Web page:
Business & Investment

Scottish independence!Outer Hebrides sees the biggest home price boom

Today’s hot housing market means that rural areas have overtaken something like London As a mover’s favorite, but who expected the Outer Hebrides to be the place of the most dramatic home price boom anywhere in the UK?

The average cost of housing in February this year was surprisingly low at just £ 132,397, according to government data analyzed by financial firm IVAA advice. Still, this was 51.32 percent above the level just five years ago. At that time, the cost of a typical house there was only £ 87,494.

For beginners, the Outer Hebrides covers about 200 interconnected islands off the west coast of Scotland.

Wild at Heart: The village of Aird Asaig on Harris Island. The Outer Hebrides covers about 200 interconnected islands off the west coast of Scotland.

With a population of only about 15, it is famous for its steep coastline, spectacular mountain landscapes and a rich culture of Gaelic music and art.

Still, the Outer Hebrides, or Gaelic Na Hei Leanan Shear, goes against the usual “place, place, place” checklist of essentials.

They are far from the big cities. For example, a drive from some islands to Edinburgh involves a two-hour or longer ferry crossing followed by an eight-hour drive.

Travel is memorable, but not always for the timid. Round-trip flights to and from Rose Island use the beach for takeoff and landing.

But it is their relative isolation, peace, and laid-back pace that make these beautiful islands, inhabited by a total of only 27,000 people.

This year, the Outer Hebrides has been named the UK’s best place for work-life balance by the financial website Money.

“Maintaining work-life balance is important, but especially for now, it’s easy to say,” says Money’s personal finance expert Salman Haqqi.

“It’s not easy to handle the pressures of home and work during a pandemic, but it’s important to make time for yourself and reduce the amount of demand you place on yourself.”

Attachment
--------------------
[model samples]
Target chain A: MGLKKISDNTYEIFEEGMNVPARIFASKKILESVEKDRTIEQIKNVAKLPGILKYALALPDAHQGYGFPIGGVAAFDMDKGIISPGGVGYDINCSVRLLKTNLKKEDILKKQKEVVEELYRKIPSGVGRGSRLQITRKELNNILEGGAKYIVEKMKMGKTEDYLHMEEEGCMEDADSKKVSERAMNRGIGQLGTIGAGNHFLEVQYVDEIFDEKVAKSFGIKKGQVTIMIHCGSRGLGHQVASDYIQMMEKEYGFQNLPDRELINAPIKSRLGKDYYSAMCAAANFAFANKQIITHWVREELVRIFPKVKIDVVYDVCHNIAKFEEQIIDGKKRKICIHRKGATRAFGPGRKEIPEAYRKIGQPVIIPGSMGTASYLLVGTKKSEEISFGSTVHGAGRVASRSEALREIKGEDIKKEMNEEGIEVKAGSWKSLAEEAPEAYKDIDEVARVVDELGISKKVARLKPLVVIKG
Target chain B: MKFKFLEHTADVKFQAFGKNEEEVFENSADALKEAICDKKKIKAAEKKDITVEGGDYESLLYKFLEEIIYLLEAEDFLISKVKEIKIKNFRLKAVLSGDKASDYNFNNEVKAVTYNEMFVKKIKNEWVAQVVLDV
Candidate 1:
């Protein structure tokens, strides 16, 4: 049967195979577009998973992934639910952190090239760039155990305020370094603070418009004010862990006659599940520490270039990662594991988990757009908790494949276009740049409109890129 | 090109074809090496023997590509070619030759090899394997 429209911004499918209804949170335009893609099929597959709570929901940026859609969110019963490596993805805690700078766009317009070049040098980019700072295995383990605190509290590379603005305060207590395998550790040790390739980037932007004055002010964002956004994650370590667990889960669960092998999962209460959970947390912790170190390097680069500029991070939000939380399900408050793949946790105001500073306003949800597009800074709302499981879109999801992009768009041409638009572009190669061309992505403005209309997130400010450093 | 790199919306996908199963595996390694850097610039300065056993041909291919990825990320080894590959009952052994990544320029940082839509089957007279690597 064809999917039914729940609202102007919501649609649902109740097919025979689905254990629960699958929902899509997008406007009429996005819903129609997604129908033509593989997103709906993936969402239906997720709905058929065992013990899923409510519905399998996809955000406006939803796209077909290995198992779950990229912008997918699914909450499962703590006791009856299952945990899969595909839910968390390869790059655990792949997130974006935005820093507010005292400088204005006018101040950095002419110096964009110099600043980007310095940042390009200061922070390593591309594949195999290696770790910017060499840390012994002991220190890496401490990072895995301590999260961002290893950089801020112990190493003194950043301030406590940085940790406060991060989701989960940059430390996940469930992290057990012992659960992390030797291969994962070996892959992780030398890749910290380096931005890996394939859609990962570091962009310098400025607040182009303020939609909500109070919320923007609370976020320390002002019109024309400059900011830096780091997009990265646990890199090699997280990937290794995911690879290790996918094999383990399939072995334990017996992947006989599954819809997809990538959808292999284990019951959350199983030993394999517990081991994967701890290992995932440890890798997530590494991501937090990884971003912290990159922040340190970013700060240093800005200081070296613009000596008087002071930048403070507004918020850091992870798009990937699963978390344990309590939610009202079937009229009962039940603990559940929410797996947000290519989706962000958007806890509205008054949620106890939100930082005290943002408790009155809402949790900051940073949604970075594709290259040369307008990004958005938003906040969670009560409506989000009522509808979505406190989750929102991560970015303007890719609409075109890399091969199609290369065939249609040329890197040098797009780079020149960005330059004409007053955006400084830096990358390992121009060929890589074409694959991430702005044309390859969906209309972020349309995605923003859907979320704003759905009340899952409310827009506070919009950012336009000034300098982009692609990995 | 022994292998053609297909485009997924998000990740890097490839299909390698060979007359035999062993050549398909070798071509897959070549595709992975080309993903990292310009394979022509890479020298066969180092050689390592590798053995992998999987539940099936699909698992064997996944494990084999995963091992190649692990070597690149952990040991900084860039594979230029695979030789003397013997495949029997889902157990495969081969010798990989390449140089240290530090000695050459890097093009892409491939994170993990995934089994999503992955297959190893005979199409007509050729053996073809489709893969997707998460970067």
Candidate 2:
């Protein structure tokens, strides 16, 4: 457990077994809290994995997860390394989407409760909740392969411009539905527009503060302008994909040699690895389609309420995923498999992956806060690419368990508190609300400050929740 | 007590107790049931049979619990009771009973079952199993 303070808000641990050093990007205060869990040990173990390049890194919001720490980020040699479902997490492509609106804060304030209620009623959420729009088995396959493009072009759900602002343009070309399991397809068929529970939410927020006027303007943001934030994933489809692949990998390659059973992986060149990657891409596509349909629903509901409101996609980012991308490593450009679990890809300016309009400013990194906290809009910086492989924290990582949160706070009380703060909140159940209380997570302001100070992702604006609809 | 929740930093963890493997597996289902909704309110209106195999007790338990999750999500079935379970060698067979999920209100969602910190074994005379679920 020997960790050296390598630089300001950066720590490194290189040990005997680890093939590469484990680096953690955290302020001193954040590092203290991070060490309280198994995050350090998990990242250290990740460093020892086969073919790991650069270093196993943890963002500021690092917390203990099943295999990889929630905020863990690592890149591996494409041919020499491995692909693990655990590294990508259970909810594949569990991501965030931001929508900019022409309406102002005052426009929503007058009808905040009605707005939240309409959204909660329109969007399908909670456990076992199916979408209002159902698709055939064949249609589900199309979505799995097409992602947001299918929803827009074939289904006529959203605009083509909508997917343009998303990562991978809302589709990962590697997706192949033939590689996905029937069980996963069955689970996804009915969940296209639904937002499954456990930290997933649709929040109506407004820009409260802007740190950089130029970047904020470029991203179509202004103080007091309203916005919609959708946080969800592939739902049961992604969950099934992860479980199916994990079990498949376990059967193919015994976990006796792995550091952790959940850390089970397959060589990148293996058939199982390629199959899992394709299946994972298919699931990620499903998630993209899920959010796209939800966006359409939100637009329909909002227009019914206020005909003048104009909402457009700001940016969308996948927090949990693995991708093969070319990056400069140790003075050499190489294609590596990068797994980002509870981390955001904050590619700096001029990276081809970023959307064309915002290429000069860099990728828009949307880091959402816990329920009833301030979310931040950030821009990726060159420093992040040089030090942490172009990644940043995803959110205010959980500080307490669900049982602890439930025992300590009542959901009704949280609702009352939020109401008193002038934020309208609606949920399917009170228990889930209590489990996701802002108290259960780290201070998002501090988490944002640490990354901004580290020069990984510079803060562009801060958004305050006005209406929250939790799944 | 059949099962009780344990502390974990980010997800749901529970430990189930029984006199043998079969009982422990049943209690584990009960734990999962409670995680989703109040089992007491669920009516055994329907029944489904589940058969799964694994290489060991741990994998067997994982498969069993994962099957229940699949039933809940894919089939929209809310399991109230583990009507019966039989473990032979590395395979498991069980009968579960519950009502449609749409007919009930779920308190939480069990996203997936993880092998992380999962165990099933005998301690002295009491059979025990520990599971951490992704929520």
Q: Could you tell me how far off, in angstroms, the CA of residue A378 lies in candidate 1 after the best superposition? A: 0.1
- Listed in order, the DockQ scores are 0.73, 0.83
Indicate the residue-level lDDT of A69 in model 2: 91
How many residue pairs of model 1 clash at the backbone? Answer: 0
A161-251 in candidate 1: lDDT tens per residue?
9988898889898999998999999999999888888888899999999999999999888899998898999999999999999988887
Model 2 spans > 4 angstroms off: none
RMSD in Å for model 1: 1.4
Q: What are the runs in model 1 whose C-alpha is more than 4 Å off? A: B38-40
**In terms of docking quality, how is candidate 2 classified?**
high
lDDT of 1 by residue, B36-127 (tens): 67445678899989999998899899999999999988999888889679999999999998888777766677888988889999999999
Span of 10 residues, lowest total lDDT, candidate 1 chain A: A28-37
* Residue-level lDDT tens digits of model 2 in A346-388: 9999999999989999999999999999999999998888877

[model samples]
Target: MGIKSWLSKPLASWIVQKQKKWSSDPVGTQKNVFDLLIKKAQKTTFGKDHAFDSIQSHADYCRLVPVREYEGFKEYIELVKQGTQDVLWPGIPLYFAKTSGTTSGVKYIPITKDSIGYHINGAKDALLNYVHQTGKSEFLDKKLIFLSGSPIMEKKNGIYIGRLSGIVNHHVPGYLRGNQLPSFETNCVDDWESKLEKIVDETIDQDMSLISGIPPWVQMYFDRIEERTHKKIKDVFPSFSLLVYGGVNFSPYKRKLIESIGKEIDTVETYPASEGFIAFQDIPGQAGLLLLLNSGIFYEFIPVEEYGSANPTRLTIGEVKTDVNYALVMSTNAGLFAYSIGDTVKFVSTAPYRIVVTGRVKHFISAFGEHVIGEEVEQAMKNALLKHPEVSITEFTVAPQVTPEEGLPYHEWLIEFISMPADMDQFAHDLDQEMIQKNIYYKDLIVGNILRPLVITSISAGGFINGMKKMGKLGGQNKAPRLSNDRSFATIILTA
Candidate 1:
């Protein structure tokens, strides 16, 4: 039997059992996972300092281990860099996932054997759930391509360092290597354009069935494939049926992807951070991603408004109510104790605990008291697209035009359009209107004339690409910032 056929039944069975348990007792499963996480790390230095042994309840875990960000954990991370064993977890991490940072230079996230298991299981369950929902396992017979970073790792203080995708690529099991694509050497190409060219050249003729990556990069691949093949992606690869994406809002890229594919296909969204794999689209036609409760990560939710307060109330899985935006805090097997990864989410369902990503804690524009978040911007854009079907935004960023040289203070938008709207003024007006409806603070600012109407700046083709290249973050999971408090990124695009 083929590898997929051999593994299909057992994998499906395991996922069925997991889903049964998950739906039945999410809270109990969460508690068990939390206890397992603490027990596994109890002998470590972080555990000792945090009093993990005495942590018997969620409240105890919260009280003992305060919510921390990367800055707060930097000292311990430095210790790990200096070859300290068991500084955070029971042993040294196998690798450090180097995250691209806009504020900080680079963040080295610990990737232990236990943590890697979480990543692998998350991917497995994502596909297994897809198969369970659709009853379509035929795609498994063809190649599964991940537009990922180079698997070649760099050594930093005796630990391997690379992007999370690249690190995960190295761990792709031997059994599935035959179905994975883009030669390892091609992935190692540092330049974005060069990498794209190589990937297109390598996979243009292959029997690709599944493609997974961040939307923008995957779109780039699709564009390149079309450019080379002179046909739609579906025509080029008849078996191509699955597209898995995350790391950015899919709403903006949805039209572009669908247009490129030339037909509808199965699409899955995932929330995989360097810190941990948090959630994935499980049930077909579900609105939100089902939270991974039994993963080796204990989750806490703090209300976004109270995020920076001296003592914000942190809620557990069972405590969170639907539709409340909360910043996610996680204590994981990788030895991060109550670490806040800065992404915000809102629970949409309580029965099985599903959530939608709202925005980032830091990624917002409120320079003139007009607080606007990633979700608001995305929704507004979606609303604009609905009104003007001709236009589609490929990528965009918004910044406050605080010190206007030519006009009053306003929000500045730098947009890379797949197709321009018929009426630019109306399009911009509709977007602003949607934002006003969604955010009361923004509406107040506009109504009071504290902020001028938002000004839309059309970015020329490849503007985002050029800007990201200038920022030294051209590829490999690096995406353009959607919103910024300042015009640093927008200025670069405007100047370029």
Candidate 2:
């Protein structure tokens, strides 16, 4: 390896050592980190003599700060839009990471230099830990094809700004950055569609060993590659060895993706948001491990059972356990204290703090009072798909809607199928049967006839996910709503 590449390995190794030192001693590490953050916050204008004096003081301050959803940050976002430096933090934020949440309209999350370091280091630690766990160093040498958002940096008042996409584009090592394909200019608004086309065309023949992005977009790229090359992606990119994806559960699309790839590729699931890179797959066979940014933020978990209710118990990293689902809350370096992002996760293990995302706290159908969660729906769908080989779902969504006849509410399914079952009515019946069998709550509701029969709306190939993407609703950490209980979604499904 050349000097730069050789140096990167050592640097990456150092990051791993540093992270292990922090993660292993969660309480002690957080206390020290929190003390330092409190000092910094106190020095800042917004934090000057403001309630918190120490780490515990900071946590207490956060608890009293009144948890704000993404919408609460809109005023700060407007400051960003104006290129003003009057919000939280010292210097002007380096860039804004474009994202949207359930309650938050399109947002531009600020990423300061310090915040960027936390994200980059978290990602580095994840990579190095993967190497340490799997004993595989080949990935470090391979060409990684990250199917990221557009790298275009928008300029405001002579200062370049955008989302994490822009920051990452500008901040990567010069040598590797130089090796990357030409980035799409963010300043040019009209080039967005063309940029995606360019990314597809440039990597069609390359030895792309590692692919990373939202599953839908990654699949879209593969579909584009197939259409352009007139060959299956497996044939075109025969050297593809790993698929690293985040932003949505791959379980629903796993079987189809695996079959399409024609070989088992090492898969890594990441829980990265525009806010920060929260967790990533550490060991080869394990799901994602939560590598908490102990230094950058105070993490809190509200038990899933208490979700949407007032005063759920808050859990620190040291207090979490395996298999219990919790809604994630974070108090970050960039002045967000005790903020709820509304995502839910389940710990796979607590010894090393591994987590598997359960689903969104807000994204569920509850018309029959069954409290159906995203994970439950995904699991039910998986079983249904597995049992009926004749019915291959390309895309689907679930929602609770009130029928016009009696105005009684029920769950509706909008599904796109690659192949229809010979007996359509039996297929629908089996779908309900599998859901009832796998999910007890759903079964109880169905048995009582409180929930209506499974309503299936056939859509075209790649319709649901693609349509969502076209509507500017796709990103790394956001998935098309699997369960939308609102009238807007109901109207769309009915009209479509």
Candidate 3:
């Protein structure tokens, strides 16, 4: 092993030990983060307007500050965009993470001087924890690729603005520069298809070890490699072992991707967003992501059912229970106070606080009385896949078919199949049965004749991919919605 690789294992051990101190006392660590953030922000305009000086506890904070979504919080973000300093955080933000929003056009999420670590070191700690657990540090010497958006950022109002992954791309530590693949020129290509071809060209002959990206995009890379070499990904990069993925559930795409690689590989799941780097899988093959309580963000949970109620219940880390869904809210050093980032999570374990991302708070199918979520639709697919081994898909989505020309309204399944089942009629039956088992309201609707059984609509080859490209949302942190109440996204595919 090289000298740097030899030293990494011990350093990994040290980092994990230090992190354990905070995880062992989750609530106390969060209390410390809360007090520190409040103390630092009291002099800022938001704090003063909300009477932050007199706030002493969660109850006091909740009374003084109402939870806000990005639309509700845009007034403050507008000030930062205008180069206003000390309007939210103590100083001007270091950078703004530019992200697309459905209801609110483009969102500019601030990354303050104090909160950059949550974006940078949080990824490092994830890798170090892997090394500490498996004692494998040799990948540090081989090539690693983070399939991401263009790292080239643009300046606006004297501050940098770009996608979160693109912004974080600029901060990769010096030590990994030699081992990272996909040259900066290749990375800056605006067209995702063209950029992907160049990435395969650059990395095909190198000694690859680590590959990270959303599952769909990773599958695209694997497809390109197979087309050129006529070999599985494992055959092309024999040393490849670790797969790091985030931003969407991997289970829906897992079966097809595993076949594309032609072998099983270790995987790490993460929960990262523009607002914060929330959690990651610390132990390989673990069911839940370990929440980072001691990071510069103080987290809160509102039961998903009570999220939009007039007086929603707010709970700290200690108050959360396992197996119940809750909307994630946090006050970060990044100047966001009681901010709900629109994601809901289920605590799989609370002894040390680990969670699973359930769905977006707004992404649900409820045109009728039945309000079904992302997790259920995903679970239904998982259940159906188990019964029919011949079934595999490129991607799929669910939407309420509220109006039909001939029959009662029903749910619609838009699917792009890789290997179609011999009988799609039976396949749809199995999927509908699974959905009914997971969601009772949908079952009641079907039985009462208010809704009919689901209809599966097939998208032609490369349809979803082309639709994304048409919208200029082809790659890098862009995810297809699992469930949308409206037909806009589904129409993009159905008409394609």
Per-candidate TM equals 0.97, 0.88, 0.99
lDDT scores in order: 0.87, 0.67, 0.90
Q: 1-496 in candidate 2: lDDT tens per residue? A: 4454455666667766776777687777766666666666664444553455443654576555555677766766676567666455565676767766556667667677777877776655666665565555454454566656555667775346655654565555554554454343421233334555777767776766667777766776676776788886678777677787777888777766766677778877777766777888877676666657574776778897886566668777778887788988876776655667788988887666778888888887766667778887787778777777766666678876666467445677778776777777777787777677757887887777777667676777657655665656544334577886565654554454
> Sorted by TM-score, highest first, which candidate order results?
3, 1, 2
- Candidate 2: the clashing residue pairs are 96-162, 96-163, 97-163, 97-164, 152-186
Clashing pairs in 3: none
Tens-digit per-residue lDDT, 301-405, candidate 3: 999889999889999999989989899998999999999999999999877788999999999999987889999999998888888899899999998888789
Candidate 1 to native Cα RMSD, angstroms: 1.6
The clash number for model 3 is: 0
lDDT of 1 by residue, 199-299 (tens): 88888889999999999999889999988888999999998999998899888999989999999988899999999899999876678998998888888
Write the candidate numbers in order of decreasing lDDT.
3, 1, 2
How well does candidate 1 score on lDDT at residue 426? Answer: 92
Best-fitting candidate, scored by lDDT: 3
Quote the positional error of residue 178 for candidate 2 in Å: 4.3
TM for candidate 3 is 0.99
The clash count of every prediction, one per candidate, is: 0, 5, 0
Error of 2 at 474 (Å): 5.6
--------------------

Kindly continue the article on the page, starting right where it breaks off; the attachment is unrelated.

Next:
Over the past year, the coronavirus has increased the number of people seeking a slower pace of life, with space for families, nearby wildlife, and cheap homes.

Homes for sale include £ 82,500 for a two-bedroom cottage on the Isle of Lewis, £ 255,000 for a six-bedroom family house on North Uist, and £ 350,000 for a modern three-bedroom house with a boathouse overlooking the South Wist coast. I am.

“The Outer Hebrides Islands have miles of sandy beaches and crystal clear waters,” says Fidi Robertson of real estate firm Galbraith.

“Homes with direct access to the coast and beach frontiers and homes with sea views attract premiums.”

Sale of real estate is relatively rare, but what happens shows how hot the market is.

Forest House, a modern four-bedroom detached house with stables and five acres of land just a short walk from the beaches of Northwist Island, hit the market last year with 10 offers that exceed the £ 325,000 asking price. had. A couple from London finally bought it.

Robertson said: ‘This feeling of being a wild and pristine chime with growing interest in nature. Some islands are a paradise for various birds, including eagles and owls, but some have otters, deer, seals and dolphins.

Of course, there are drawbacks.

Some say that shopping in big cities involves ferry trips and that there are limited facilities for young people. Even a humble visit to a cinema may require an overnight stay.

And there is concern that the Outer Hebrides population may be declining too much.

The National Records of Scotland predicts that the population of Scotland will increase by 2%, while the population of the entire island will decrease by 16% by 2043.

There are attempts to reverse the flow. The Scottish National Party has promised £ 50,000 to help people move from mainland Scotland to the islands, and advertisements from the Outer Hebrides Council emphasize good broadband.

“Population challenges are clear. We need younger working-age people to move or stay here to support and grow our economy,” said Council leader Lodi McKay. say.

So will the pandemic be forced to rethink once in a lifetime and save the island to many? The answer may be yes.

Fidi Robertson said: ‘Over the past year, there has been strong demand for real estate in some of Scotland’s more remote regions.

“Buyers have reassessed their arrangements and opportunities for a better work-life balance. Living on the island is a real option, combined with excellent broadband links and flexibility from employers.

At the market … island life

Scottish independence!Outer Hebrides sees the biggest home price boom Scottish independence!Outer Hebrides sees the biggest home price boom

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